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Martin Luther King was an American clergyman, activist and prominent leader in the African-American civil rights movement.
His main legacy was to secure progress on civil rights in the United States, and he has become a hero in the civil rights movement in America and a human rights icon in the whole world.
Martin Luther King was pastor of the Dexter Avenue Baptist Church in Montgomery, Alabama from 1954-59. A Baptist minister, King became a civil rights activist early in his career. Moreover he advocated the struggle against racism and social change exclusively through non-violent means.
A powerful speaker and a man of great spiritual strength, he shaped the American civil rights movement of the 1950s and 1960s.
In 1964, at the age of 35 years King won the Nobel Peace Prize, becoming at the time the youngest recipient ever.
Birthday Is National Holiday 15 January Martin Luther King Day (USA).
Martin Luther King was licensed to preach by Ebenezer Baptist Church deacons, 1947 and in 1948 was ordained Baptist minister.
In 1954 he became pastor of a church in Dexter Avenue Baptist Church, Montgomery, AL, Montgomery, where he served during 1954-1960.
In 1958, Dr. Martin Luther King, Jr. was stabbed by a mentally-unstable woman in Blumstein’s Department Store in Harlem. The 29-year-old King was rushed to Harlem Hospital, where doctors performed emergency surgery to remove a steel letter opener. In 1960, King visited India at the invitation of Prime Minister Jawaharlal Nehru, where he studied the works of Mahatma Gandhi.
From 1960 to 1968 he was co-pastor with father of Ebenezer Baptist Church at Atlanta.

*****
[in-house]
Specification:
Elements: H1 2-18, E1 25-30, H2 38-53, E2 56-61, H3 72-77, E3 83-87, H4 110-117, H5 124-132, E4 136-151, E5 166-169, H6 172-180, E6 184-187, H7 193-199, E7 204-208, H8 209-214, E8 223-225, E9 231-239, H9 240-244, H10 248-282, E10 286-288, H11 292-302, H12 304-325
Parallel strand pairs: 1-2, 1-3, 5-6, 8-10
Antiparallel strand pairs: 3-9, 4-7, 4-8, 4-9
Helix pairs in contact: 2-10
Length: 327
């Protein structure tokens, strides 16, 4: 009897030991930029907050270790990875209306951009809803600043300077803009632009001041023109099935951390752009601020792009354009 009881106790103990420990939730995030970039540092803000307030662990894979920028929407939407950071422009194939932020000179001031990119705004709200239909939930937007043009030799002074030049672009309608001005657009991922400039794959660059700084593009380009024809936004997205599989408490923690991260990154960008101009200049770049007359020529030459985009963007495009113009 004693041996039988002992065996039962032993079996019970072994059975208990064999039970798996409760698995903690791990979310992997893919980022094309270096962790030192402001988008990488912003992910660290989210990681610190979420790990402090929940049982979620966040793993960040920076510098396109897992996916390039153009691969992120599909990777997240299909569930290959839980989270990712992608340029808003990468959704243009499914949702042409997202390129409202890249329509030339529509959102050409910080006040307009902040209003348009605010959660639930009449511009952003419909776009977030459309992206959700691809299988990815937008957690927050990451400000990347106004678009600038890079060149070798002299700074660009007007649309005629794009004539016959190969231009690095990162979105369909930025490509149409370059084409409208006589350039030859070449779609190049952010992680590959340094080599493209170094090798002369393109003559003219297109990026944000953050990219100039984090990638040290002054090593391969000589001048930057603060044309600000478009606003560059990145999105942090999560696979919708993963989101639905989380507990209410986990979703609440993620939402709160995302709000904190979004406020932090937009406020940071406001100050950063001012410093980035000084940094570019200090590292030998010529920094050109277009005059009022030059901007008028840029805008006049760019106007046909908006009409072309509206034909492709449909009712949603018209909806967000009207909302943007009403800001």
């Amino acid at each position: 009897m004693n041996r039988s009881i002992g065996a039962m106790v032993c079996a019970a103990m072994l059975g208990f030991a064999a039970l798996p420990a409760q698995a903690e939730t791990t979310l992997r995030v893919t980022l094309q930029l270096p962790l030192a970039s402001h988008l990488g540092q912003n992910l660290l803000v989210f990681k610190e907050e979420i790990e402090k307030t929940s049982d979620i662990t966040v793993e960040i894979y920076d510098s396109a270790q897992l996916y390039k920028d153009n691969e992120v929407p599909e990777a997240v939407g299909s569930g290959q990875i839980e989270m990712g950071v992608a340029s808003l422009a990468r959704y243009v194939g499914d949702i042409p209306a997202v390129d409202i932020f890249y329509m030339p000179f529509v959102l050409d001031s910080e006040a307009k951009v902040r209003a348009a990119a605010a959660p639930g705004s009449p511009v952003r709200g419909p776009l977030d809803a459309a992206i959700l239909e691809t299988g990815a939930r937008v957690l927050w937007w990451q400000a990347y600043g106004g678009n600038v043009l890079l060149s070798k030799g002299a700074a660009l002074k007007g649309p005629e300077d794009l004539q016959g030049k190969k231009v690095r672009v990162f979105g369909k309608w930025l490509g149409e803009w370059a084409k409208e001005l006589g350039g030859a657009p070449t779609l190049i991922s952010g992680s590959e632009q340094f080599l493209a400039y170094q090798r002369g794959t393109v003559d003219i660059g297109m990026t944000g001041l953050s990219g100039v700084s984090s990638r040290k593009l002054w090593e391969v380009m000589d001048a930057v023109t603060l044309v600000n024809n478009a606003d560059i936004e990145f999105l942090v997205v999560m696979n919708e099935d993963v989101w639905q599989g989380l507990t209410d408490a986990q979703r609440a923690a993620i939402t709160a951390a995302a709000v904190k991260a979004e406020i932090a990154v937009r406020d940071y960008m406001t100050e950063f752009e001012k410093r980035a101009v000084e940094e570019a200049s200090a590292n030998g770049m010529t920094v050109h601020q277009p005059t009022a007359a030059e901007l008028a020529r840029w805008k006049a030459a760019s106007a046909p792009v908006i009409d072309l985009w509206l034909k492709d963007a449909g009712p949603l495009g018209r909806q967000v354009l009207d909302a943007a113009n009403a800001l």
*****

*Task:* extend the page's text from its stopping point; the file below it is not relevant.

During one such period in 1960, presidential candidate John Kennedy made a sympathetic telephone call to King's wife. The initiative was widely seen as an important factor swinging the black vote behind the Democrats.
He became leader of the bus boycott (1955-56) which began in Montgomery on 1 December 1955, an action inspired by the arrest of African-American Rosa Parks when she refused to give up her seat on a public bus.
King was selected to head the Montgomery Improvement Association, whose boycott efforts ended in success. The boycott lasted over a year, during which time King’s home was bombed, but he withstood heavy pressure and gained national attention and prestige as a civil-rights leader.
In 1956 Racial segregation on city buses was ruled unconstitutional, and that eventually ended the city's policies of racial segregation on public transportation. In 1957 he formed the Southern Christian Leadership Conference (SCLC), serving as its first president and developed a campaign of direct but non-violent action aimed at achieving a civil rights for African Americans.
In 1960 he returned to Atlanta to become copastor with his father of Ebenezer Baptist Church. On April 16, 1963, King was imprisoned in Birmingham, Alabama, after a nonviolent protest. There he wrote his famous ‘Letter from Birmingham Jail’, in which he defended this kind of direct, nonviolent action as a way of forcing people to take notice of injustice.